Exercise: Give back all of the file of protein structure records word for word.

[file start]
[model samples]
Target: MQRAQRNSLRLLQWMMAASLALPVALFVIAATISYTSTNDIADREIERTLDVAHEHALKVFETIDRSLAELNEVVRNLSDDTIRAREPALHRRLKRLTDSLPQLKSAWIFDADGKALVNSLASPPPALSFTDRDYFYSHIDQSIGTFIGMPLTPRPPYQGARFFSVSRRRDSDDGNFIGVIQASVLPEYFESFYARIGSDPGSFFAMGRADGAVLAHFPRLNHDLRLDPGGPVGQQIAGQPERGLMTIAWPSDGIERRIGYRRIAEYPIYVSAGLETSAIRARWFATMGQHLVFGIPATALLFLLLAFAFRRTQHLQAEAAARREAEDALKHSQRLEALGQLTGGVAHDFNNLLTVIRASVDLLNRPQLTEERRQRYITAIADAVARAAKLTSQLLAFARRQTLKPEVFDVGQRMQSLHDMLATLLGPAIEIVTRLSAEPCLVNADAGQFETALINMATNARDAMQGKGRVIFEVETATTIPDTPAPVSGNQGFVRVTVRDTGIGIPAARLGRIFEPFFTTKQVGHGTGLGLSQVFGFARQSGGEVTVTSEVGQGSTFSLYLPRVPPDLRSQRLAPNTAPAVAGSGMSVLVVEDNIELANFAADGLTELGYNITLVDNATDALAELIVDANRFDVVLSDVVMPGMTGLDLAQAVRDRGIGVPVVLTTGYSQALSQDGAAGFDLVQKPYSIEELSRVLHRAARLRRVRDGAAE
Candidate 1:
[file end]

[model samples]
Target: MQRAQRNSLRLLQWMMAASLALPVALFVIAATISYTSTNDIADREIERTLDVAHEHALKVFETIDRSLAELNEVVRNLSDDTIRAREPALHRRLKRLTDSLPQLKSAWIFDADGKALVNSLASPPPALSFTDRDYFYSHIDQSIGTFIGMPLTPRPPYQGARFFSVSRRRDSDDGNFIGVIQASVLPEYFESFYARIGSDPGSFFAMGRADGAVLAHFPRLNHDLRLDPGGPVGQQIAGQPERGLMTIAWPSDGIERRIGYRRIAEYPIYVSAGLETSAIRARWFATMGQHLVFGIPATALLFLLLAFAFRRTQHLQAEAAARREAEDALKHSQRLEALGQLTGGVAHDFNNLLTVIRASVDLLNRPQLTEERRQRYITAIADAVARAAKLTSQLLAFARRQTLKPEVFDVGQRMQSLHDMLATLLGPAIEIVTRLSAEPCLVNADAGQFETALINMATNARDAMQGKGRVIFEVETATTIPDTPAPVSGNQGFVRVTVRDTGIGIPAARLGRIFEPFFTTKQVGHGTGLGLSQVFGFARQSGGEVTVTSEVGQGSTFSLYLPRVPPDLRSQRLAPNTAPAVAGSGMSVLVVEDNIELANFAADGLTELGYNITLVDNATDALAELIVDANRFDVVLSDVVMPGMTGLDLAQAVRDRGIGVPVVLTTGYSQALSQDGAAGFDLVQKPYSIEELSRVLHRAARLRRVRDGAAE
Candidate 1: